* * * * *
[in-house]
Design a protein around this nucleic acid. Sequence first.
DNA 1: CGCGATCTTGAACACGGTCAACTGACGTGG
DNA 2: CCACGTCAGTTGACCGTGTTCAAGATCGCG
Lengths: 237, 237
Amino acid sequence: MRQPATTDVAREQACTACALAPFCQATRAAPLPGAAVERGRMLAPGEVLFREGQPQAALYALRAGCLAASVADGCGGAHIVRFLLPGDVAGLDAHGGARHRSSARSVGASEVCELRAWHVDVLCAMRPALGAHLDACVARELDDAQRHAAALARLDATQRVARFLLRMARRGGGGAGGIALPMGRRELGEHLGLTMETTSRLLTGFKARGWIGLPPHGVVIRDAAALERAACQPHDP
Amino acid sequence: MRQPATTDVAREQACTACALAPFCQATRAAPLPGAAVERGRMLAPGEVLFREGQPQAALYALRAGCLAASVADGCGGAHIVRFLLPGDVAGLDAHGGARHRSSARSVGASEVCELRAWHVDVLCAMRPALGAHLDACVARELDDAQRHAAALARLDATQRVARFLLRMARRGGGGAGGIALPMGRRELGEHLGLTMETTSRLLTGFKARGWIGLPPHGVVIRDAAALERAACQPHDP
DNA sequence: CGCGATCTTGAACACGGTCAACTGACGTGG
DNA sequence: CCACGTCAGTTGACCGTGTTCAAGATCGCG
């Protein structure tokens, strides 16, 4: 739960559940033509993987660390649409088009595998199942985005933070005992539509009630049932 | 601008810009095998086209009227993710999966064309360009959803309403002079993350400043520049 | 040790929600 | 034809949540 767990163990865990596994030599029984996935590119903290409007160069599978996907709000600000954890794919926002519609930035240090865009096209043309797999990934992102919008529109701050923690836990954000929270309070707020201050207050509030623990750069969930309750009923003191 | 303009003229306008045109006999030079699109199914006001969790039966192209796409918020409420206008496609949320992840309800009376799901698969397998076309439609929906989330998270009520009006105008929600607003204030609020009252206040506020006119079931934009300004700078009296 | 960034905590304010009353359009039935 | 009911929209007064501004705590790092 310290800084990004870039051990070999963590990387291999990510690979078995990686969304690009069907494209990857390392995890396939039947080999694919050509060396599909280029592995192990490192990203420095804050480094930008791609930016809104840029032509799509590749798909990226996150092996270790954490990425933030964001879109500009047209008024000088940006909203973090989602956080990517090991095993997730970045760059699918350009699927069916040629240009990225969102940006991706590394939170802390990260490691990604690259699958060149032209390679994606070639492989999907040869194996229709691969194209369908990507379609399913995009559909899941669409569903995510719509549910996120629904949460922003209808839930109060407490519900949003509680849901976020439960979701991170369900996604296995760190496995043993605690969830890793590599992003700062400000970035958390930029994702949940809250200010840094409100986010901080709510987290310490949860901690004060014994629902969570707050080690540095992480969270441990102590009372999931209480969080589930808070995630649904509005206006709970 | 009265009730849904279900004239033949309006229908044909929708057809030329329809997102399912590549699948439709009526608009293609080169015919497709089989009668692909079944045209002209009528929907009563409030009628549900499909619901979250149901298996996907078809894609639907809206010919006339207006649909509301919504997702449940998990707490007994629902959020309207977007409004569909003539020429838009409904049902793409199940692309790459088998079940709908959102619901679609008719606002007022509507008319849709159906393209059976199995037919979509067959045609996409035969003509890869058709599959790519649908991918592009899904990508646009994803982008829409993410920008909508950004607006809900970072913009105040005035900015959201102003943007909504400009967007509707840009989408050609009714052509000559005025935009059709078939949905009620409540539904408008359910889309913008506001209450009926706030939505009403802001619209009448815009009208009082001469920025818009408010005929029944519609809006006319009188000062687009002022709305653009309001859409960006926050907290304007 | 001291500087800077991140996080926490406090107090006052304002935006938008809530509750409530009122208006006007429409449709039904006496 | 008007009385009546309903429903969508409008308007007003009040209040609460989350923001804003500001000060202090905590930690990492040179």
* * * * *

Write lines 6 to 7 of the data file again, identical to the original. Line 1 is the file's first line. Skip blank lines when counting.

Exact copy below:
Amino acid sequence: MRQPATTDVAREQACTACALAPFCQATRAAPLPGAAVERGRMLAPGEVLFREGQPQAALYALRAGCLAASVADGCGGAHIVRFLLPGDVAGLDAHGGARHRSSARSVGASEVCELRAWHVDVLCAMRPALGAHLDACVARELDDAQRHAAALARLDATQRVARFLLRMARRGGGGAGGIALPMGRRELGEHLGLTMETTSRLLTGFKARGWIGLPPHGVVIRDAAALERAACQPHDP
Amino acid sequence: MRQPATTDVAREQACTACALAPFCQATRAAPLPGAAVERGRMLAPGEVLFREGQPQAALYALRAGCLAASVADGCGGAHIVRFLLPGDVAGLDAHGGARHRSSARSVGASEVCELRAWHVDVLCAMRPALGAHLDACVARELDDAQRHAAALARLDATQRVARFLLRMARRGGGGAGGIALPMGRRELGEHLGLTMETTSRLLTGFKARGWIGLPPHGVVIRDAAALERAACQPHDP